Wednesday, November 29, 2006

An Introduction

Hi. My name is Joy. I'm married to Amy. This is our daughter, Mookie:

As you can see, Mookie is not quite born yet. She will be arriving sometime in early March, or whenever she decides she is ready to face the world.

At the moment, she is living in Amy's uterus. She seems quite cozy in there. She doesn't have any complaints, anyway. She kicks and wiggles and squirms, but in general she's very well behaved. I imagine this is about the best behavior we'll see from her for the next 20 years or so.

Amy is, of course, her mother. So I am, even though she and I don't share any genes. I'm not sure what that makes me. Her mother-father? Her other mother? Her adoptive mother? Her non-biological mother? None of these labels work very well. I'm not male, or male-identified, and I don't feel or look in any way like anybody's father. I'm not genderqueer, or any of those concepts that I don't really understand. I'm a woman who loves another woman so incredibly much that we got married and are having a baby. "Adoption" doesn't really explain what I'm doing. "Non-biological" seems an unfair description; I'm just as biological as anyone else. I guess "other mother" will have to do.

6 comments:

Wendy said...

Well, personally, I think you could just as easily drop the "other." You're Mookie's mom. Okay, so there will also be someone else calling herself Mookie's mom, too, but that won't make you any less "mom," yourself. But "other mother" does sound nice, too, if you really do want to make some distinction.

I don't know if I have a Google account or not. I probably do. We'll see when I try to log in, eh? If it doesn't work, this is Wendy, btw. :)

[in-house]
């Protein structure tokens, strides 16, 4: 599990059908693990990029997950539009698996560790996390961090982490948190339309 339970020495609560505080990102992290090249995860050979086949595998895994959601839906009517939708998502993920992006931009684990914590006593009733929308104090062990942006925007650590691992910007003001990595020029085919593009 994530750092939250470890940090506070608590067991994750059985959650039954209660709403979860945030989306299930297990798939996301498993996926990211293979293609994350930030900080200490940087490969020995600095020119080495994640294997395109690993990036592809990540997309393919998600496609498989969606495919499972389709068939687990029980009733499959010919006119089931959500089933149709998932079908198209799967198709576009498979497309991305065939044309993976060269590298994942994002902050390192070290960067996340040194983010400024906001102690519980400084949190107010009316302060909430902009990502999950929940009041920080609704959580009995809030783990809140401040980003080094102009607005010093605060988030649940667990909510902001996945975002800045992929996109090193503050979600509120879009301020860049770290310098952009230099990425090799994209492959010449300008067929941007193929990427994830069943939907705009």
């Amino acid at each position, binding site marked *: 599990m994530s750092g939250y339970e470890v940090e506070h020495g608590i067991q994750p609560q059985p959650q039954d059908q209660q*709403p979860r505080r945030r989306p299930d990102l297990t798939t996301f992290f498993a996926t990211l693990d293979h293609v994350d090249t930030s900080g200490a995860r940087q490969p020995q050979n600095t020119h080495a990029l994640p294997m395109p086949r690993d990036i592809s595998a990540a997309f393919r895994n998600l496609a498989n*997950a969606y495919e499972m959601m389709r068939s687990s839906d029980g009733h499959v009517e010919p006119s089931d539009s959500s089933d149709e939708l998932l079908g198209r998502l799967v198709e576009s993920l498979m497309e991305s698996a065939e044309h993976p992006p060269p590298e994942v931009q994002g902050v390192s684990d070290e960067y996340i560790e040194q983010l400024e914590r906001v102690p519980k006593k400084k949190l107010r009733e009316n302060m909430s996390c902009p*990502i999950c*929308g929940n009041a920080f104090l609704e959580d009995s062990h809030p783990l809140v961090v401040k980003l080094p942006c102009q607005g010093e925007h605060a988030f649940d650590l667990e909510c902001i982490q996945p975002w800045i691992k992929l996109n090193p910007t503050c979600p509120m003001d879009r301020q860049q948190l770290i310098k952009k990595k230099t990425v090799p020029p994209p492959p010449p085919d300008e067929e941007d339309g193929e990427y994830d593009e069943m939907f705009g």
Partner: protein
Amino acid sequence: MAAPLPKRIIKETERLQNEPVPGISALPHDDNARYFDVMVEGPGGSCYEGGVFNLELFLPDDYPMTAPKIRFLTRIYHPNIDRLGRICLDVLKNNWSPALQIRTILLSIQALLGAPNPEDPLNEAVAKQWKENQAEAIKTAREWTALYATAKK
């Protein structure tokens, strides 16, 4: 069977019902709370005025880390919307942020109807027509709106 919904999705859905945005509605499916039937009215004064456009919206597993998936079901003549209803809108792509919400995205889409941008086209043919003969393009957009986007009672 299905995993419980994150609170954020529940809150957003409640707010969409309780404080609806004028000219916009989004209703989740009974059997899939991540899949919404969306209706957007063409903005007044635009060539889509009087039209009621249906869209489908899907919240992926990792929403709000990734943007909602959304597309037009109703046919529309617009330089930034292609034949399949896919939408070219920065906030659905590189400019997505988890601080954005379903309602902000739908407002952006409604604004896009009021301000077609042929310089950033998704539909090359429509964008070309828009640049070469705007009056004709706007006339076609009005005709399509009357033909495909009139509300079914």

JoBlue said...

err...what's "genderqueer" anyway?

Amy said...

Udder mudder here.

Being an "other mother" does have a second-class sound. You don't demand of someone with two brothers, "which one is the (primary) brother and which is the other brother?" It reminds me of people who refer to one of a female couple as the "husband." There ain't no husband here, just two wives, same as in my family, there's no brother, just two sisters. And we will be just two moms.

Of course we do have two very different relationships to our daughter, and I'm interested and a little apprehensive to see how that will feel. I suspect it will mean less and less as she gets older: first when you and she are out alone together and everyone assumes that you did give birth to her, and then when she is older and doesn't remember who nursed her.

One day we may also have a child that I don't have a genetic relationship to and didn't give birth to, and if I thought I'd love that one any less than Mookie, I'd quit contemplating adoption right now. The relationship has got to be different, but inferior? Not according to the adoptive parents I know.

On the other hand, I do think we as a culture treat mothers as the realer parent than fathers, and I think a lot of mothers (and fathers) secretly believe that too. That isn't only because of the powerful biological connection of bearing and nursing, though--it's also because men are so often less intimately involved with their children. But in any case, to some extent you're inheriting those expectations our culture has of the non-childbearing parent.

Another other mother said...

Don't ask me what "genderqueer" is; I've already said I don't understand those concepts. There's sure to be some young genderqueer whippersnapper out there in cyberspace who will be happy to bend your virtual ear about it.

David said...

They're all hippies at Wikipedia:

http://en.wikipedia.org/wiki/Genderqueer

elfundeb said...

You are Mookie's mom. Period. Or, I suppose, her mother, mama, mommy, etc. No qualifiers are necessary.

Amy is Mookie's birthmother. She is also Mookie's mom, mother, mama, etc.

I say Mookie is lucky.